In a story broken by Laurie Goodstein of the New York Times, a highly-anticipated lecture by a gay speaker at a Roman Catholic college was suddenly canceled this weekend because it doesn’t align with the school’s “fundamental moral principles.”
Dr. John Corvino, chairman of the philosophy department at Wayne State University, has spoken on same-sex marriage at more than 10 Catholic colleges in the country and is a frequent commentator on LGBT issues in religious contexts. He was scheduled to speak at Providence College in Rhode Island this Thursday, an event co-sponsored by nine school departments and programs.
But on Saturday, the college’s provost, Hugh F. Lena, announced that the talk was canceled because “Catholic institutions should not honor those who act in defiance of our fundamental moral principles.”
In his e-mail announcing the cancellation, Hugh F. Lena, the provost and senior vice president of Providence College, cited a document produced by the American bishops in 2004, “Catholics in Political Life,” to support the decision. And he said that college policy “dictates that that both sides of a controversial issue are to be presented fairly and equally.”
Presenting both sides fairly and equally, eh? That’s not what this explanation seems to say. A portion of the cancellation announcement reads:
“While academic freedom is at the heart of teaching in a Catholic university, the United States bishops maintain that in accord with Ex corde ecclesiae: ‘the Catholic community and Catholic institutions should not honor those who act in defiance of our fundamental moral principles. They should not be given awards, honors or platforms which would suggest support for their actions’ (Catholics in Political Life, USCCB, 2004).”
Some of the departments co-sponsoring Corvino’s appearance have said they were surprised by the cancellation, particularly the claim that the talk would only present one side of the same-sex marriage debate. Corvino himself says he wasn’t planning on taking that approach, per se, but including and highlighting religious perspectives in his message:
Dr. Corvino said he had been very interested in speaking on a conservative campus like Providence College because he was “preaching to the choir” at most of his talks now. “I want to convince them that same-sex marriage is not only possible, but is also a good thing, for the couple and good for society at large,” he said. “But I also want to engage in a deeper dialogue about issues that we agree are important.”
Regardless of the nature of his talk, it is perfectly within a college’s right to invite a speaker who will only address one side of a subject — especially one like marriage equality. At a school like this one, does anyone have any doubts that students have already heard the anti-same-sex marriage side already? (Probably more times than they can handle?) Apparently college administrators aren’t convinced. Thankfully, though, some of them are speaking out.
Fred K. Drogula, president of the faculty senate at Providence College and an associate professor of history, said he could not find a college policy dictating that every lecture must have an equal opposing viewpoint. And he said it was “inappropriate” to invoke the bishops’ document, “Catholics in Political Life,” because it applied primarily to politicians.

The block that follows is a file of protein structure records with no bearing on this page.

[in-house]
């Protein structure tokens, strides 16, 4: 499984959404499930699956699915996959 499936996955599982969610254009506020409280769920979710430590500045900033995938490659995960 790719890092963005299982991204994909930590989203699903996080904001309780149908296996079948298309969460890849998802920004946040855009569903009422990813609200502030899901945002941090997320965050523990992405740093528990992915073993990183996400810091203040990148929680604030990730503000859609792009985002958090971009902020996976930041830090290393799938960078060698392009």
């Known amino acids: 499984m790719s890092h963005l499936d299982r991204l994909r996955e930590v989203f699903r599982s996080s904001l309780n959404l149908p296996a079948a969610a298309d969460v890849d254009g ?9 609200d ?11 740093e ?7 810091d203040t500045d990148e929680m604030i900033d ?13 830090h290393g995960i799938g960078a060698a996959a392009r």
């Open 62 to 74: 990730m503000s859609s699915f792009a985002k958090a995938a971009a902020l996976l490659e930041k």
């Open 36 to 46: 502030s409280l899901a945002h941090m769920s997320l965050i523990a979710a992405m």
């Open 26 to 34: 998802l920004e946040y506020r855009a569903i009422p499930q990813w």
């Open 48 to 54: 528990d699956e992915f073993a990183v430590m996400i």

Dr. Drogula said, “The job of any quality academic institution is to teach students how to think critically, which includes challenging, testing and defending our ideas.”
Corvino published a response to the school’s decision on his personal website, explaining very clearly that his views were not meant to represent those of the Catholic Church and pointing out that his talk would be followed by another speaker articulating the Church’s position on marriage equality. He, too, takes particular issue with the school’s insistence that speakers provide “both sides” of a controversial issue.
Provost Lena seems especially concerned that “both sides of a controversial issue . . . be presented fairly and equally,” and I applaud him for this goal. It is very much in the spirit of St. Thomas Aquinas, the most famous member of the order that founded Providence College, and the greatest philosopher of the Catholic intellectual tradition. My impression, however, is that Providence College actively avoids the airing of views that challenge the Church’s traditional teaching on marriage. The provost seems to want to have it both ways: the appearance of a commitment to vigorous academic dialogue, combined with an isolationist approach to disfavored views; in other words, a Catholic identity defined primarily by what it excludes rather than what it includes.
The announcement also comes the day after Pope Francis famously said in an interview that the Church should focus less on politically divisive issues like homosexuality, abortion, and contraception. This makes it especially interesting that the provost cited a document deliberately meant to serve as a political guideline in restricting an educational opportunity. Corvino addressed the Pope’s remarks favorably in his response:
Pope Francis, the Catholic Church’s new leader, has been justly celebrated for his welcoming tone toward gays and lesbians. Notwithstanding my abrupt dis-invitation, I remain hopeful that Providence College may soon better reflect that tone.
It’s a far cry to say that this institution is doing all it can to teach students to “think critically” and “challenge, test and defend” their ideas. The Church and its educational affiliates remain hesitant to challenge their old ways, even through something as simple as inviting a pro-LGBT speaker to campus. And, in spite of the Pope’s comments, these actions are as political as ever.
I applaud Corvino for his patient and professional response to his unjustified dis-invitation, but I fear for the LGBT students at Providence College who have little reason to believe they will ever be respected in their community.